Whenever I write a post critical of German views on Eurozone policy, I get comments which can be paraphrased in the following way. Greece (and maybe other Eurozone countries) are incapable of governing themselves properly, and when they get into difficulties Germany has to bail them out, so it is only reasonable that as a price for this Germany should insist on imposing changes to the way these countries do things.
To say such an attitude is inherently wrong (wrong in any possible circumstances) seems to be too strong. The IMF, after all, has played a very similar role many times. Many may criticise the kinds of reforms that the IMF has demanded as part of its conditionality, but to suggest that conditions are never made as part of such a loan package seems unrealistic.
But while conditionality of any kind cannot be ruled out, it can also go far too far. It should never become imperialism, and the choices of a sovereign people should be respected and accommodated, not ignored.
It is clear that the Greek government ran up unsustainable debts, and tried to hide these. As a result, it was bound to default on those debts. As doing so would exclude it from the markets for a time, it was also reasonable to lend (not give) Greece money to enable it to gradually rather than immediately achieve primary balance. Some conditionality to correct any underlying weaknesses in the openness and accountability of the budgetary process would seem reasonable in such circumstances.
Contrast that with what actually happened. First the Eurozone resisted default, and then it was only partial, which meant providing far larger official loans than were needed. The beneficiaries of this were mainly the financial institutions (e.g. Eurozone banks) who would have otherwise lost money. Second, ridiculously severe austerity was imposed, which crashed the economy and made it much more difficult for Greece to adjust. Third, conditionality far in excess of what was required is being imposed.
I have argued before, based on very rough and ready calculations that the fall in Greek GDP since 2010 could be entirely accounted for by fiscal austerity. This conclusion has now been backed up by rather more rigorous analysis in a new paper by Sebastian Gechert and Ansgar Rannenberg. As we both acknowledge, some GDP loss was inevitable because the deficit had to be reduced (and Greece does not have an independent monetary policy which could offset the impact of deficit reduction). However, as always, timing is everything. The paper argues that “most of the costs of fiscal consolidation could have been avoided by postponing and gradually implementing it after the recovery of the Greek economy, due to the lower expenditure multipliers during normal times.”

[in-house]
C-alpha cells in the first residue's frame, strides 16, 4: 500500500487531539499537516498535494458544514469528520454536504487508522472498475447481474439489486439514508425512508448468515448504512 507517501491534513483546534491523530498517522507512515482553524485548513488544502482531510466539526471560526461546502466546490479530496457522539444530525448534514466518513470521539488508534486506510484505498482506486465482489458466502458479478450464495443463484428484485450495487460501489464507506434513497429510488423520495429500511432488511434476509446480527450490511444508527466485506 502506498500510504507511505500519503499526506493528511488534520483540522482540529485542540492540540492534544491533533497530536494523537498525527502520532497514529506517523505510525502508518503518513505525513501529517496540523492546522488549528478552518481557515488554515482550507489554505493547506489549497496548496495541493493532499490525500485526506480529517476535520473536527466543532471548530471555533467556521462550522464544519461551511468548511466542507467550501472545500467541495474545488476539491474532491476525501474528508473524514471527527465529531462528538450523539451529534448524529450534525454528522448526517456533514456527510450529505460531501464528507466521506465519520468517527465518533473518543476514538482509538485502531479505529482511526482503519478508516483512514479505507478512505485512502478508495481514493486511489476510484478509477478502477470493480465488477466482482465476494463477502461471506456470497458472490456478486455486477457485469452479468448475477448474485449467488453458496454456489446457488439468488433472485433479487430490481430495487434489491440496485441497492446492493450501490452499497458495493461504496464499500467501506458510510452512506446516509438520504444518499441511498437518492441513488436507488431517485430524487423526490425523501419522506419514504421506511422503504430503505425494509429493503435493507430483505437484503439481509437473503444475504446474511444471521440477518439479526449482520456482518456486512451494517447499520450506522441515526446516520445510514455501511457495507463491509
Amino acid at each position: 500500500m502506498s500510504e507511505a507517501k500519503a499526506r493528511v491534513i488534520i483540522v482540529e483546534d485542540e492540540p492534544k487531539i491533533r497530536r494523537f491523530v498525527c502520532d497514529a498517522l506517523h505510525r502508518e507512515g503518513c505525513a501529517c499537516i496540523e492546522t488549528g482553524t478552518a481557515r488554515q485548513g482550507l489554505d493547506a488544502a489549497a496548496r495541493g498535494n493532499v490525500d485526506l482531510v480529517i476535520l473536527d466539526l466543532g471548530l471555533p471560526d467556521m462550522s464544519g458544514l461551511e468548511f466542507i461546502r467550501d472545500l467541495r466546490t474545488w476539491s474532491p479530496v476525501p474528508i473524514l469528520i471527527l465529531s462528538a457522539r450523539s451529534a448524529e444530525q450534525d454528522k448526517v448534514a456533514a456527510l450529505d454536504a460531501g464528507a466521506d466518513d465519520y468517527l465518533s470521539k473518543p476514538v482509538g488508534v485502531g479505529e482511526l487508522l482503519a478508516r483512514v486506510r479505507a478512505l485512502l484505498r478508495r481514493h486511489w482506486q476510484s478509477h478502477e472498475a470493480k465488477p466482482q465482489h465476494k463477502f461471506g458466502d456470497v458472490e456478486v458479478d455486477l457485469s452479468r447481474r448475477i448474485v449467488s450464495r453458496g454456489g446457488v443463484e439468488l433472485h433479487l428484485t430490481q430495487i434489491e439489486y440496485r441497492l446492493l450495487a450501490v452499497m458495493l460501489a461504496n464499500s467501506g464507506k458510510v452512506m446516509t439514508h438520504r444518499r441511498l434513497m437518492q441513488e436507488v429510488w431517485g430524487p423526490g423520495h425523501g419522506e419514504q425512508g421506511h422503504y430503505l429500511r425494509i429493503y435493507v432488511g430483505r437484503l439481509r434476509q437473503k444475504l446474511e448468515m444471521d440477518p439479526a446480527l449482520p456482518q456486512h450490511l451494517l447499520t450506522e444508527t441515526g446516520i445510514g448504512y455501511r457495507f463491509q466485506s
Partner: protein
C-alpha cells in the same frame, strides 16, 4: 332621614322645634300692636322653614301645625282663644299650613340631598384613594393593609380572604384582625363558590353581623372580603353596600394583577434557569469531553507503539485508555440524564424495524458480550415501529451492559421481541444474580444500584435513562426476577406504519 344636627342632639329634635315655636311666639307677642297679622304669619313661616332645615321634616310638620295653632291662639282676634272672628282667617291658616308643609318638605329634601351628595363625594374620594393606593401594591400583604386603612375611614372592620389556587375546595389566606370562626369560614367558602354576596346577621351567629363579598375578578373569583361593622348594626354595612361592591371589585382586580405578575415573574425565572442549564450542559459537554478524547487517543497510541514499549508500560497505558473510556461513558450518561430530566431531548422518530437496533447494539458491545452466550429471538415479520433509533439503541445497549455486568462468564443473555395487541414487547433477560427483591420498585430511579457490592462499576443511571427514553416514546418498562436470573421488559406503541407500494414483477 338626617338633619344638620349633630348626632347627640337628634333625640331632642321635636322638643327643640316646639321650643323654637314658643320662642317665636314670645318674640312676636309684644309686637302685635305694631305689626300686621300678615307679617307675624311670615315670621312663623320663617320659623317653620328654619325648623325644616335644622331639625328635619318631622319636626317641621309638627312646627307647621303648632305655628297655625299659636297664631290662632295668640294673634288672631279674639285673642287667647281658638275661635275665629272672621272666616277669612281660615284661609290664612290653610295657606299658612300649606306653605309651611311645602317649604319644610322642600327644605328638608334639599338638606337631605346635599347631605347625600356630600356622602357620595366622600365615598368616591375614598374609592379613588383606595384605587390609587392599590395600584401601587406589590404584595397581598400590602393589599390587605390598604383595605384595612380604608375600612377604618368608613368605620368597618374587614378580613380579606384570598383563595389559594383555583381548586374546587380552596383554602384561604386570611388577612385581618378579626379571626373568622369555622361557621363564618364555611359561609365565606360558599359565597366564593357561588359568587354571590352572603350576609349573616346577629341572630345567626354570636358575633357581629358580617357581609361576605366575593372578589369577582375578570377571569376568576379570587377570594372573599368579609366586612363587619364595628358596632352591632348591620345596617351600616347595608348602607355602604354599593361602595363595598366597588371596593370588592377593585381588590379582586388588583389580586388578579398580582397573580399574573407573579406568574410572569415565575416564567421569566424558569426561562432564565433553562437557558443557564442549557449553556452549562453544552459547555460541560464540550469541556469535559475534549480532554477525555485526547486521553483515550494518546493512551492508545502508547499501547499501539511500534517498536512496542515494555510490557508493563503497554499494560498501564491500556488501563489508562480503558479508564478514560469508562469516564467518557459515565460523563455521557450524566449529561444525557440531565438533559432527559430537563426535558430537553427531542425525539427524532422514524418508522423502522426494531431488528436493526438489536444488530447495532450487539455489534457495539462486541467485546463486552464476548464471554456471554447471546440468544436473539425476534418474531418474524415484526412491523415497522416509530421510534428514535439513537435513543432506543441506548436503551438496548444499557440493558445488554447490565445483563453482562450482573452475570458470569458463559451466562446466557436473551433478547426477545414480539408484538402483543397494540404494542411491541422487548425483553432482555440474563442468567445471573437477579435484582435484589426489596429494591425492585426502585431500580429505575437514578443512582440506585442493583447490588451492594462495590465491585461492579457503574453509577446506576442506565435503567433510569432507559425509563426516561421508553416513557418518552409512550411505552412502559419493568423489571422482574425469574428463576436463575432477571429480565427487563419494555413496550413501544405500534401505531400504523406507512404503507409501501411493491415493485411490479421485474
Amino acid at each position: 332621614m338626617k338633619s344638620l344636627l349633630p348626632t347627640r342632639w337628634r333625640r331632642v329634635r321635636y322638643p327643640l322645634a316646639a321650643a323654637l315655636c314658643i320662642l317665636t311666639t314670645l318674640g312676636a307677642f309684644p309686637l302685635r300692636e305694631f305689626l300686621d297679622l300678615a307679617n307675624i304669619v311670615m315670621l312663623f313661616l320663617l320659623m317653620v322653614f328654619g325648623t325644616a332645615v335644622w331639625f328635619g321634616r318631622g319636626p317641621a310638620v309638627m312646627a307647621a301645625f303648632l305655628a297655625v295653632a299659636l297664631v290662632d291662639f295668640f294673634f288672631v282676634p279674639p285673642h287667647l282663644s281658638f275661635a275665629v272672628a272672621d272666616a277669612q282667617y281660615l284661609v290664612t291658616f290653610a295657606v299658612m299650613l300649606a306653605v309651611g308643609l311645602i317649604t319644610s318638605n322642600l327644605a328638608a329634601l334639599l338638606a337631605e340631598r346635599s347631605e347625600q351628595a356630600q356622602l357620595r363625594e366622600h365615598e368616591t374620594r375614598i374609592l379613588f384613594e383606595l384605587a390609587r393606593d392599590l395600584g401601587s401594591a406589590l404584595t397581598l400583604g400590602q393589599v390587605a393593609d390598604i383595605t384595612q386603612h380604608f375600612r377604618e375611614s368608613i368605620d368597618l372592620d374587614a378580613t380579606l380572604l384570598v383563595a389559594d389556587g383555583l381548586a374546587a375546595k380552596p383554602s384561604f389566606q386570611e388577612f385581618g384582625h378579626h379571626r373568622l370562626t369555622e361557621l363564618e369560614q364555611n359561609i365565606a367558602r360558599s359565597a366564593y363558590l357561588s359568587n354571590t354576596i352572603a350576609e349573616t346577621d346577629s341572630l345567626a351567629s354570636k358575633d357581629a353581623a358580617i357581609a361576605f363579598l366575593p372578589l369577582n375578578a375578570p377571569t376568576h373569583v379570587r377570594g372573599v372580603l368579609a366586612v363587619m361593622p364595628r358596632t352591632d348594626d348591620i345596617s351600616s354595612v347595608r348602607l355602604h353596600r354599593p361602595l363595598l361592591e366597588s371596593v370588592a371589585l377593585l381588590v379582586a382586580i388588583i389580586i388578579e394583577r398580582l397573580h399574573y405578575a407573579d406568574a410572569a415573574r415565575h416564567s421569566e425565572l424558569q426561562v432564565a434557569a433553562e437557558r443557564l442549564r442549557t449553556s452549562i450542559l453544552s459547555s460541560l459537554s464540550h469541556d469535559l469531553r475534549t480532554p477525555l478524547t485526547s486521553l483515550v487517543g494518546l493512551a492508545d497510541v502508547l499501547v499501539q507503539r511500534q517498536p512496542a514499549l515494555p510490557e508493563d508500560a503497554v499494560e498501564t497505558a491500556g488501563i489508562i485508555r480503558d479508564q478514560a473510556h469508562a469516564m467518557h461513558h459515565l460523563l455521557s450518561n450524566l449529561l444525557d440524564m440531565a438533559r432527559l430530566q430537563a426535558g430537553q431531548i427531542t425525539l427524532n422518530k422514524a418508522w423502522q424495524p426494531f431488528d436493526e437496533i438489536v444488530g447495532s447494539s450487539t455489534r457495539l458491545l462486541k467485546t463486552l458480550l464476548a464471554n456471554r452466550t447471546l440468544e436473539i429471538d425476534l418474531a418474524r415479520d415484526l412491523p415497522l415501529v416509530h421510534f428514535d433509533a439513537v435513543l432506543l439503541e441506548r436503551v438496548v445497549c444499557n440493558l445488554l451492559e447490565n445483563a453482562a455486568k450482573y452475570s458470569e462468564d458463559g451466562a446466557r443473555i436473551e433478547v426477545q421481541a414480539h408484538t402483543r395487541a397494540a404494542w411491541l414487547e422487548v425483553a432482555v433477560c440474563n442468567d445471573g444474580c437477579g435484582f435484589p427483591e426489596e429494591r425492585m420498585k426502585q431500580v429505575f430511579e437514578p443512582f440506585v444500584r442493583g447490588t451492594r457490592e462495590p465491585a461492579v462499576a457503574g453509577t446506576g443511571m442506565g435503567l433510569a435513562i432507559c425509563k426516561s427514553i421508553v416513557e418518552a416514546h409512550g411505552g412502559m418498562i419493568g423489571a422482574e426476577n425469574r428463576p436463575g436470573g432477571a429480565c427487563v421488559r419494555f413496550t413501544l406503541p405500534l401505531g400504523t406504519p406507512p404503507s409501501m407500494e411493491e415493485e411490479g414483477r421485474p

The delay in default, its partial nature and a degree of austerity that Gechert and Rannenberg describe as ‘biblical’ and which did such damage are all acutely embarrassing for the Troika. But instead of criticism being directed at these governments, we see a narrative that tries to blame what happened from 2010 onwards on Greece itself, and the Greek people in particular. The economy has crashed because the Greek people do not work hard, austerity has not worked because it has not really happened, and there have not been enough reforms. None of this is true, but the narrative seems largely impervious to facts. (On reforms, for example, see here.)
All this reminds me strongly of how certain attitudes to beneficiaries of the welfare state have been encouraged by the UK coalition government. Rather than admit that unemployment benefits had risen because of the recession and the absence of a recovery (itself a result of austerity), the focus became on the personal failings of the unemployed themselves. The media (TV as well as the tabloids) are still full of examples of supposed ‘welfare cheats’, but they rarely put such examples into context: how tax evasion is a bigger problem that benefit fraud, for example.
People do hate the idea of ‘their taxes’ allowing ‘other people’ to get ‘something for nothing’. In contrast tax evasion does not sound too different from tax avoidance, which many people do as much of as they can. Condemning one and ignoring the other may be human nature. What is clearly wrong is politicians playing on these feelings to misdirect anger away from their own mistakes, or undertaking unnecessary or even harmful policies to play to the gallery. A clear case of the latter is the recent increase in benefit sanctions, which are being applied in an excessive and unfair way, greatly increasing the use of foodbanks as a result. That a committee of MPs where the government is in a majority have expressed grave concerns about the policy just before an election gives an indication of the scale of the injustice that has been taking place.
When politicians do this, it is a sign of chronic political weakness: a desperate attempt to cover up past mistakes. There is a strong danger that the same dynamic may occur in the continuing standoff between Greece and the Eurozone. Having encouraged a rhetoric where a virtuous Eurozone has shown nothing but generosity to a feckless Greece, politicians feel compelled to live up to that false narrative by acting tough in negotiations, which does no one any good to put it mildly. When Putin behaves recklessly to boost his popularity and succeeds, we can blame the lack of press freedom. When political leaders in the UK or Germany play the same trick, do we blame the media for playing along or the people for falling for it?